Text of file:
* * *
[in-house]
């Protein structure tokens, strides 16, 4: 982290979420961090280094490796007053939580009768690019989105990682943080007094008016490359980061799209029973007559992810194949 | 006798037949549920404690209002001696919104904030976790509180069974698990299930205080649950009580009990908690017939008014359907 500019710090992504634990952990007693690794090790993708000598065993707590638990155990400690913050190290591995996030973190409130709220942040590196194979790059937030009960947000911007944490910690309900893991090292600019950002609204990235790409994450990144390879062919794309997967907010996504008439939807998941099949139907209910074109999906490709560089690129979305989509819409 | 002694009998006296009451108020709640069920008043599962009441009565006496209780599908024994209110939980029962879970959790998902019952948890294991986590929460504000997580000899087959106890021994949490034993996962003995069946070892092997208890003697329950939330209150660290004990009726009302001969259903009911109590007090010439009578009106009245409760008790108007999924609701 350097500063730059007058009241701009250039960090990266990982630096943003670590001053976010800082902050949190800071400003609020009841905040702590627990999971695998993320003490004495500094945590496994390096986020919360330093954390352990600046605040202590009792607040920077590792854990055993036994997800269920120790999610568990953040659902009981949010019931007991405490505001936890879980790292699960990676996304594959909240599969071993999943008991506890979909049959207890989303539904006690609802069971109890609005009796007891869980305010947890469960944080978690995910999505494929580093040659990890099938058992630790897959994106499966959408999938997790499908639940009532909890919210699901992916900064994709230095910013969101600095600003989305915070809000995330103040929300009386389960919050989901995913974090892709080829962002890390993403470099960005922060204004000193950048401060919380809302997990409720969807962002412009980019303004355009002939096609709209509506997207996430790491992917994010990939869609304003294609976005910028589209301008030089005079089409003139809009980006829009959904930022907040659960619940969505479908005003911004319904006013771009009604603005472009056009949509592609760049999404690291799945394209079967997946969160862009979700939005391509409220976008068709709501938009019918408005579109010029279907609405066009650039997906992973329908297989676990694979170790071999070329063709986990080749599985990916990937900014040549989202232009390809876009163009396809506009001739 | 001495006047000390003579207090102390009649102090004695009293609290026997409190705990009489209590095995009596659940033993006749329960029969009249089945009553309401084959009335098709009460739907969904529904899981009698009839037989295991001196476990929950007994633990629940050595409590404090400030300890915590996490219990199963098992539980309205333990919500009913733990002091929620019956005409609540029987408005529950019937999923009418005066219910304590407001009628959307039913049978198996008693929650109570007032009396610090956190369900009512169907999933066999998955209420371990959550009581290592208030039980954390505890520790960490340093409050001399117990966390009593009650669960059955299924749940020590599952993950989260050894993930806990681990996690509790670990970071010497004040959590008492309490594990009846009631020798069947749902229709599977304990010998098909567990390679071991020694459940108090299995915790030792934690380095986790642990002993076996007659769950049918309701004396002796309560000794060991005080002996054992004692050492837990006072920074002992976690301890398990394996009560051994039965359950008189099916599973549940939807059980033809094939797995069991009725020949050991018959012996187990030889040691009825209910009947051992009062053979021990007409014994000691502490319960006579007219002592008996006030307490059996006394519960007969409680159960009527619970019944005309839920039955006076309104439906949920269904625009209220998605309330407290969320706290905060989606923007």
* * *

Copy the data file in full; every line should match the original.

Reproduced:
[in-house]
């Protein structure tokens, strides 16, 4: 982290979420961090280094490796007053939580009768690019989105990682943080007094008016490359980061799209029973007559992810194949 | 006798037949549920404690209002001696919104904030976790509180069974698990299930205080649950009580009990908690017939008014359907 500019710090992504634990952990007693690794090790993708000598065993707590638990155990400690913050190290591995996030973190409130709220942040590196194979790059937030009960947000911007944490910690309900893991090292600019950002609204990235790409994450990144390879062919794309997967907010996504008439939807998941099949139907209910074109999906490709560089690129979305989509819409 | 002694009998006296009451108020709640069920008043599962009441009565006496209780599908024994209110939980029962879970959790998902019952948890294991986590929460504000997580000899087959106890021994949490034993996962003995069946070892092997208890003697329950939330209150660290004990009726009302001969259903009911109590007090010439009578009106009245409760008790108007999924609701 350097500063730059007058009241701009250039960090990266990982630096943003670590001053976010800082902050949190800071400003609020009841905040702590627990999971695998993320003490004495500094945590496994390096986020919360330093954390352990600046605040202590009792607040920077590792854990055993036994997800269920120790999610568990953040659902009981949010019931007991405490505001936890879980790292699960990676996304594959909240599969071993999943008991506890979909049959207890989303539904006690609802069971109890609005009796007891869980305010947890469960944080978690995910999505494929580093040659990890099938058992630790897959994106499966959408999938997790499908639940009532909890919210699901992916900064994709230095910013969101600095600003989305915070809000995330103040929300009386389960919050989901995913974090892709080829962002890390993403470099960005922060204004000193950048401060919380809302997990409720969807962002412009980019303004355009002939096609709209509506997207996430790491992917994010990939869609304003294609976005910028589209301008030089005079089409003139809009980006829009959904930022907040659960619940969505479908005003911004319904006013771009009604603005472009056009949509592609760049999404690291799945394209079967997946969160862009979700939005391509409220976008068709709501938009019918408005579109010029279907609405066009650039997906992973329908297989676990694979170790071999070329063709986990080749599985990916990937900014040549989202232009390809876009163009396809506009001739 | 001495006047000390003579207090102390009649102090004695009293609290026997409190705990009489209590095995009596659940033993006749329960029969009249089945009553309401084959009335098709009460739907969904529904899981009698009839037989295991001196476990929950007994633990629940050595409590404090400030300890915590996490219990199963098992539980309205333990919500009913733990002091929620019956005409609540029987408005529950019937999923009418005066219910304590407001009628959307039913049978198996008693929650109570007032009396610090956190369900009512169907999933066999998955209420371990959550009581290592208030039980954390505890520790960490340093409050001399117990966390009593009650669960059955299924749940020590599952993950989260050894993930806990681990996690509790670990970071010497004040959590008492309490594990009846009631020798069947749902229709599977304990010998098909567990390679071991020694459940108090299995915790030792934690380095986790642990002993076996007659769950049918309701004396002796309560000794060991005080002996054992004692050492837990006072920074002992976690301890398990394996009560051994039965359950008189099916599973549940939807059980033809094939797995069991009725020949050991018959012996187990030889040691009825209910009947051992009062053979021990007409014994000691502490319960006579007219002592008996006030307490059996006394519960007969409680159960009527619970019944005309839920039955006076309104439906949920269904625009209220998605309330407290969320706290905060989606923007």